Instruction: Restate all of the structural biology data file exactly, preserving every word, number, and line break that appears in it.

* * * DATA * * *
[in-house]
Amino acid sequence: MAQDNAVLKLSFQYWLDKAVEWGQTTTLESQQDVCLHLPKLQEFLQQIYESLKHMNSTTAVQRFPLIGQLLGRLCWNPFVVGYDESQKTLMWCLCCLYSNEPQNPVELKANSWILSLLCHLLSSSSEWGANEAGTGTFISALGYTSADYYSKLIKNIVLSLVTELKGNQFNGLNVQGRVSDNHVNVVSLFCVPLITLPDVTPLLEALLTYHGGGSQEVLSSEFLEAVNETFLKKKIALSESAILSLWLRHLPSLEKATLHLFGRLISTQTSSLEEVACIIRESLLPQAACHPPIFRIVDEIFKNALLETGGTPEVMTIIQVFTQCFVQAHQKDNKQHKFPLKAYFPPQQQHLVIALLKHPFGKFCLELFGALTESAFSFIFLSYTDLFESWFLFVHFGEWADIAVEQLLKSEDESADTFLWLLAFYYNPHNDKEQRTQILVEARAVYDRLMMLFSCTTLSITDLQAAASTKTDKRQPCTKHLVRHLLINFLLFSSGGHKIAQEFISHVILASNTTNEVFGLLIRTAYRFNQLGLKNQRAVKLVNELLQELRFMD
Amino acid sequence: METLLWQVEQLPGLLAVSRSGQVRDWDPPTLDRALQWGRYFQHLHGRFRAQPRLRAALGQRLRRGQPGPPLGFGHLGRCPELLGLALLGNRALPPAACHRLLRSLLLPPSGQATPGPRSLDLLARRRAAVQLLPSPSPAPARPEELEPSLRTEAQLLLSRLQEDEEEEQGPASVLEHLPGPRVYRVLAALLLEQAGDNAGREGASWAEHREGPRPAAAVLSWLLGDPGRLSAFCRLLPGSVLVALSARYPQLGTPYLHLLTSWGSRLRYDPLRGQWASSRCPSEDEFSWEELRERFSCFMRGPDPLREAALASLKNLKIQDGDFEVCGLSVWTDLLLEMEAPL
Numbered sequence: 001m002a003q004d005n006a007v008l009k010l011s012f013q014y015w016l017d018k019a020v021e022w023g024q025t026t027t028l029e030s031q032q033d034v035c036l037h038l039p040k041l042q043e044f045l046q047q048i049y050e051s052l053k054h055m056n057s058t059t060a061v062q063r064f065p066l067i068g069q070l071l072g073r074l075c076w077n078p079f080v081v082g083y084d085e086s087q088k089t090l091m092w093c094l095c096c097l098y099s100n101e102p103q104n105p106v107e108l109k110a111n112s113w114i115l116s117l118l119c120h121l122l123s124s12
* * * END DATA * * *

[in-house]
Amino acid sequence: MAQDNAVLKLSFQYWLDKAVEWGQTTTLESQQDVCLHLPKLQEFLQQIYESLKHMNSTTAVQRFPLIGQLLGRLCWNPFVVGYDESQKTLMWCLCCLYSNEPQNPVELKANSWILSLLCHLLSSSSEWGANEAGTGTFISALGYTSADYYSKLIKNIVLSLVTELKGNQFNGLNVQGRVSDNHVNVVSLFCVPLITLPDVTPLLEALLTYHGGGSQEVLSSEFLEAVNETFLKKKIALSESAILSLWLRHLPSLEKATLHLFGRLISTQTSSLEEVACIIRESLLPQAACHPPIFRIVDEIFKNALLETGGTPEVMTIIQVFTQCFVQAHQKDNKQHKFPLKAYFPPQQQHLVIALLKHPFGKFCLELFGALTESAFSFIFLSYTDLFESWFLFVHFGEWADIAVEQLLKSEDESADTFLWLLAFYYNPHNDKEQRTQILVEARAVYDRLMMLFSCTTLSITDLQAAASTKTDKRQPCTKHLVRHLLINFLLFSSGGHKIAQEFISHVILASNTTNEVFGLLIRTAYRFNQLGLKNQRAVKLVNELLQELRFMD
Amino acid sequence: METLLWQVEQLPGLLAVSRSGQVRDWDPPTLDRALQWGRYFQHLHGRFRAQPRLRAALGQRLRRGQPGPPLGFGHLGRCPELLGLALLGNRALPPAACHRLLRSLLLPPSGQATPGPRSLDLLARRRAAVQLLPSPSPAPARPEELEPSLRTEAQLLLSRLQEDEEEEQGPASVLEHLPGPRVYRVLAALLLEQAGDNAGREGASWAEHREGPRPAAAVLSWLLGDPGRLSAFCRLLPGSVLVALSARYPQLGTPYLHLLTSWGSRLRYDPLRGQWASSRCPSEDEFSWEELRERFSCFMRGPDPLREAALASLKNLKIQDGDFEVCGLSVWTDLLLEMEAPL
Numbered sequence: 001m002a003q004d005n006a007v008l009k010l011s012f013q014y015w016l017d018k019a020v021e022w023g024q025t026t027t028l029e030s031q032q033d034v035c036l037h038l039p040k041l042q043e044f045l046q047q048i049y050e051s052l053k054h055m056n057s058t059t060a061v062q063r064f065p066l067i068g069q070l071l072g073r074l075c076w077n078p079f080v081v082g083y084d085e086s087q088k089t090l091m092w093c094l095c096c097l098y099s100n101e102p103q104n105p106v107e108l109k110a111n112s113w114i115l116s117l118l119c120h121l122l123s124s12